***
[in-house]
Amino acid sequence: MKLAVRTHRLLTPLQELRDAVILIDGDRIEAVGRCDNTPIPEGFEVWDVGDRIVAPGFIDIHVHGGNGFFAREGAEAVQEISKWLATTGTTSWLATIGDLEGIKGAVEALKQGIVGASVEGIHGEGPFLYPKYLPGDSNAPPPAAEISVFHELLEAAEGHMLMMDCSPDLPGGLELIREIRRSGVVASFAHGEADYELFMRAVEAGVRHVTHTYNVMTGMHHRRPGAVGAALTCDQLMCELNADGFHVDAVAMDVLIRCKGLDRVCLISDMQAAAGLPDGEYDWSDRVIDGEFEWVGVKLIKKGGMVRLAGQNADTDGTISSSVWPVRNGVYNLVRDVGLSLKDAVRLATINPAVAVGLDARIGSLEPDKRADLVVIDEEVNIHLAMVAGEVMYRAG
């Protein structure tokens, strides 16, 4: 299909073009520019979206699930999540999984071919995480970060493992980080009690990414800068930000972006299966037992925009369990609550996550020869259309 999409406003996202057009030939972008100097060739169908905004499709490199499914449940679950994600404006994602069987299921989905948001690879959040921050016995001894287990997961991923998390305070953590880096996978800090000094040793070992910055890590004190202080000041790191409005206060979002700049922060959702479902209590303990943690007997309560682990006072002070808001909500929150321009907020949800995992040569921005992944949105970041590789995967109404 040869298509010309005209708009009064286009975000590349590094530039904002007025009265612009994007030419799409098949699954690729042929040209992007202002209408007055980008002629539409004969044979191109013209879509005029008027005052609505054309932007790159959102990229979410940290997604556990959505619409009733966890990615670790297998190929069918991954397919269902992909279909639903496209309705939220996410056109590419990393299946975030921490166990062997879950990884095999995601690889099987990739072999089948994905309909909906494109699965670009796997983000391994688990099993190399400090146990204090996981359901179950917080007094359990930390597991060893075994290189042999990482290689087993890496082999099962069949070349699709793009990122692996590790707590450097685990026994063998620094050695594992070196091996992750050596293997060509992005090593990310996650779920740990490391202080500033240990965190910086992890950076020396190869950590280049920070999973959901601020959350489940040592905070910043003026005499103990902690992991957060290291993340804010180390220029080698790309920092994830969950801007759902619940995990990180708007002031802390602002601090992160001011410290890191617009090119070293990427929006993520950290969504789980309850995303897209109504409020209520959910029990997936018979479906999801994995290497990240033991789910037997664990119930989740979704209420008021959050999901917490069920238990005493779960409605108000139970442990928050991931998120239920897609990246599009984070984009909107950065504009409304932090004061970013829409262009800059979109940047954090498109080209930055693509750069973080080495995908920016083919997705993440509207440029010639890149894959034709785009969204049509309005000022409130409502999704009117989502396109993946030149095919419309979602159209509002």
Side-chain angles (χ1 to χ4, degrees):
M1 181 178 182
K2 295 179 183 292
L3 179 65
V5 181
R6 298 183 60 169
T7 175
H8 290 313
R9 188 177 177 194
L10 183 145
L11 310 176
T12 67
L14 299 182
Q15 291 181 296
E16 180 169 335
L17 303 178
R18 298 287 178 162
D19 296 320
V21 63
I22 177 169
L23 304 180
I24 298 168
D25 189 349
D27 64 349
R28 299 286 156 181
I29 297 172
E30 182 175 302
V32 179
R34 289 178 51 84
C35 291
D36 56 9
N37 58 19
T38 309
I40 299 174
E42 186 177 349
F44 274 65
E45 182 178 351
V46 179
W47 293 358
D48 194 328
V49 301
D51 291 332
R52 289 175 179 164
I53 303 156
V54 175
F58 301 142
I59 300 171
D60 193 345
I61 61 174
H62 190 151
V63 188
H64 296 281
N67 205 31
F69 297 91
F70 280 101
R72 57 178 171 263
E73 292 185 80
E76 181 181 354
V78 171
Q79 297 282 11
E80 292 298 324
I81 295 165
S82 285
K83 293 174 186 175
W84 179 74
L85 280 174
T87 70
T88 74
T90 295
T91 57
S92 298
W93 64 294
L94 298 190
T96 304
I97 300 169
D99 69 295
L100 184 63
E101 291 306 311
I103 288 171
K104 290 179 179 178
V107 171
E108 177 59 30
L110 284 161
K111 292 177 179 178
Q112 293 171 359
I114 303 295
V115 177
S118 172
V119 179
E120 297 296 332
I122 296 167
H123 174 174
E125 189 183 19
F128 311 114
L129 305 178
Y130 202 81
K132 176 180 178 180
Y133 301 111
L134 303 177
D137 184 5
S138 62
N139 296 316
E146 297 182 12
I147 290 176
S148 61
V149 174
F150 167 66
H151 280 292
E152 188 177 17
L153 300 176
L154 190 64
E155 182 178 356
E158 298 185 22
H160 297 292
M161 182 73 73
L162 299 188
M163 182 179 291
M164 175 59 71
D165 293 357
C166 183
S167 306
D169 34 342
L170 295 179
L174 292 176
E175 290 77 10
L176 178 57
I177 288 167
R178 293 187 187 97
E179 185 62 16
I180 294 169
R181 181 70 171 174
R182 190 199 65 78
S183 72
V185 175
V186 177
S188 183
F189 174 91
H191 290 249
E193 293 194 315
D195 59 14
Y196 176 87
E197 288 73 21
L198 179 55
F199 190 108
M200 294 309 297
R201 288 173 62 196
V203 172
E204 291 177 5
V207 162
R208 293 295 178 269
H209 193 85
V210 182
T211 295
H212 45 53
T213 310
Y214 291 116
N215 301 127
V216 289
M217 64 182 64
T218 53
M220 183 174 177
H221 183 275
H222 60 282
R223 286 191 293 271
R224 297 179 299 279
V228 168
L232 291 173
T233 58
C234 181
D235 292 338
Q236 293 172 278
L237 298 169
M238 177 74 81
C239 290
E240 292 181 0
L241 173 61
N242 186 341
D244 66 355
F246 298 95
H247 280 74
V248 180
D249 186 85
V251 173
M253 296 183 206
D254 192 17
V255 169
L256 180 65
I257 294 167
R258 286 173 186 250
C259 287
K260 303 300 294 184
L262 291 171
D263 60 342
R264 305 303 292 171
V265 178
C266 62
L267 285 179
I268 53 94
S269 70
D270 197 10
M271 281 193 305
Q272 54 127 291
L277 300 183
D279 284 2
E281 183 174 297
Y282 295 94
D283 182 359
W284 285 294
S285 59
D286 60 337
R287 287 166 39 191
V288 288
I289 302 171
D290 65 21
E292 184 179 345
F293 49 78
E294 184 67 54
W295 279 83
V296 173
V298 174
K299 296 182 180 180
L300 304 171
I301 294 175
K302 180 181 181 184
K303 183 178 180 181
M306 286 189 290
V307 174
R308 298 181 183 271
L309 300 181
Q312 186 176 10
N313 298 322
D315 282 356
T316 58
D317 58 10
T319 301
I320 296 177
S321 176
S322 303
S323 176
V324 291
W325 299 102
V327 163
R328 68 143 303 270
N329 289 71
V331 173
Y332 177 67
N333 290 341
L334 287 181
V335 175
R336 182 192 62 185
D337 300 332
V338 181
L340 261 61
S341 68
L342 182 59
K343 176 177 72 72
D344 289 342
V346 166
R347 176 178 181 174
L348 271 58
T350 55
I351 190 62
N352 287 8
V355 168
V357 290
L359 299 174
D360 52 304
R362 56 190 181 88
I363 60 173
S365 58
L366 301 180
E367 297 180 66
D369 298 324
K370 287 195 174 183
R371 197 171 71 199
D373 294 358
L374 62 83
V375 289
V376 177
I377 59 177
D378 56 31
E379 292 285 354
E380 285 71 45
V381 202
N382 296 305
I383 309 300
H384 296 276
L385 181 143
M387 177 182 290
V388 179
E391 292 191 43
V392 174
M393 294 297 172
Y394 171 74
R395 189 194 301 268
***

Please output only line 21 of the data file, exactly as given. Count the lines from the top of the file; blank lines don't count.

D19 296 320